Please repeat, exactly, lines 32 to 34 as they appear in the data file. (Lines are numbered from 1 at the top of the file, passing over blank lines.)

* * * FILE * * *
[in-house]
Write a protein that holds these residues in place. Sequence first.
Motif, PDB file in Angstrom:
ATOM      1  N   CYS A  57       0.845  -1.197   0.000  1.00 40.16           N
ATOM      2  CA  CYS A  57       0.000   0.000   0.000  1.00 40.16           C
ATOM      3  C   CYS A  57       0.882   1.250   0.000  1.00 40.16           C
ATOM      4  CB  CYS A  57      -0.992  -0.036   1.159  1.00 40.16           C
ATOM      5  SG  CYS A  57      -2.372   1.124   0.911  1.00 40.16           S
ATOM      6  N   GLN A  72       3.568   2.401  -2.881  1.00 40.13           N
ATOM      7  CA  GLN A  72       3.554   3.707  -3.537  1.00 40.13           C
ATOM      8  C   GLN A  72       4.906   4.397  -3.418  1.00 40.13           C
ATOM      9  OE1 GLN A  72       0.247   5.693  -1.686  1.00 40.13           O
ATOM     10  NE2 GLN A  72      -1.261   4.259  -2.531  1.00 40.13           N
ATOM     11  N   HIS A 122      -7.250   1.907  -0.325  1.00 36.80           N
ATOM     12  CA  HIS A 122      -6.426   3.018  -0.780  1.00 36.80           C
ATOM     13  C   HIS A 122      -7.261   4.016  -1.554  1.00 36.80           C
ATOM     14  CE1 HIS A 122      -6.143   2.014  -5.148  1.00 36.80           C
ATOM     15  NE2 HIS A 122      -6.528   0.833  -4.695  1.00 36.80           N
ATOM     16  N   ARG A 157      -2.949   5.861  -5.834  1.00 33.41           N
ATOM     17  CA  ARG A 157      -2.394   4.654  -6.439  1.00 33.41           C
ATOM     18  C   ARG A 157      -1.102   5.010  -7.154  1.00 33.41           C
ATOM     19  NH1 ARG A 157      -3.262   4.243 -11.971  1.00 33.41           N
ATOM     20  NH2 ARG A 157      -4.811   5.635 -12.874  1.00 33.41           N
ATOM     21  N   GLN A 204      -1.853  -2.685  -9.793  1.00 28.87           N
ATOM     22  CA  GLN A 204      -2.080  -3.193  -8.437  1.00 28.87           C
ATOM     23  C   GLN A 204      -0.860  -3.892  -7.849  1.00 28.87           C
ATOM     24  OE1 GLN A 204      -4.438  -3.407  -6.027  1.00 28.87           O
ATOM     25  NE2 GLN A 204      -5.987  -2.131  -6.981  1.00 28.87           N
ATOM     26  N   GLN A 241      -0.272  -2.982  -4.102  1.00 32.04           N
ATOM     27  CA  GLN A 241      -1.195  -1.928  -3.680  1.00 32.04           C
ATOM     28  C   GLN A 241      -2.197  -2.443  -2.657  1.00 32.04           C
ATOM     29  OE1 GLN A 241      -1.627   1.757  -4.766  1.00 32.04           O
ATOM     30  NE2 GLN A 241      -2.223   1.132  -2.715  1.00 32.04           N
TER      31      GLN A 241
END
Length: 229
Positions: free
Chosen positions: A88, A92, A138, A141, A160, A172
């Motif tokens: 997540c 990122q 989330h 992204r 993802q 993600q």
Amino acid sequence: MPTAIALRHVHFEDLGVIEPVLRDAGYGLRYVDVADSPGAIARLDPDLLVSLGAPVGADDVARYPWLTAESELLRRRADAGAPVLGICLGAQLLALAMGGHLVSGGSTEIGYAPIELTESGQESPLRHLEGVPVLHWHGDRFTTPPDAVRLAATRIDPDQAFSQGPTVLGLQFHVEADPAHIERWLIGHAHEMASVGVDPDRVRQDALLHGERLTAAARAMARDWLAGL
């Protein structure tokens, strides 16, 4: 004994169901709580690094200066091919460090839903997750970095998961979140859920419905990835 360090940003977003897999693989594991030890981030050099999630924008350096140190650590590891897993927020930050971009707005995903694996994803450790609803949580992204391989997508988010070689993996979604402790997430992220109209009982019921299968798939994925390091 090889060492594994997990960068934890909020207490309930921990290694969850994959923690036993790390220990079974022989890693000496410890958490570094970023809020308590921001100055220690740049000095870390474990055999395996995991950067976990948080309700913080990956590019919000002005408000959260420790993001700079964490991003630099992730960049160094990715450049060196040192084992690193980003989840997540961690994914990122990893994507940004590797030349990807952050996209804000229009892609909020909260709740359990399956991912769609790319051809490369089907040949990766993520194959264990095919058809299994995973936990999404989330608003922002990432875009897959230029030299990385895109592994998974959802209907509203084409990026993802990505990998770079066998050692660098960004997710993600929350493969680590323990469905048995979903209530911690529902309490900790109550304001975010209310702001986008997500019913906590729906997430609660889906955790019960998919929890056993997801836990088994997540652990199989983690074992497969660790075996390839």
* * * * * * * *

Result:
ATOM     29  OE1 GLN A 241      -1.627   1.757  -4.766  1.00 32.04           O
ATOM     30  NE2 GLN A 241      -2.223   1.132  -2.715  1.00 32.04           N
TER      31      GLN A 241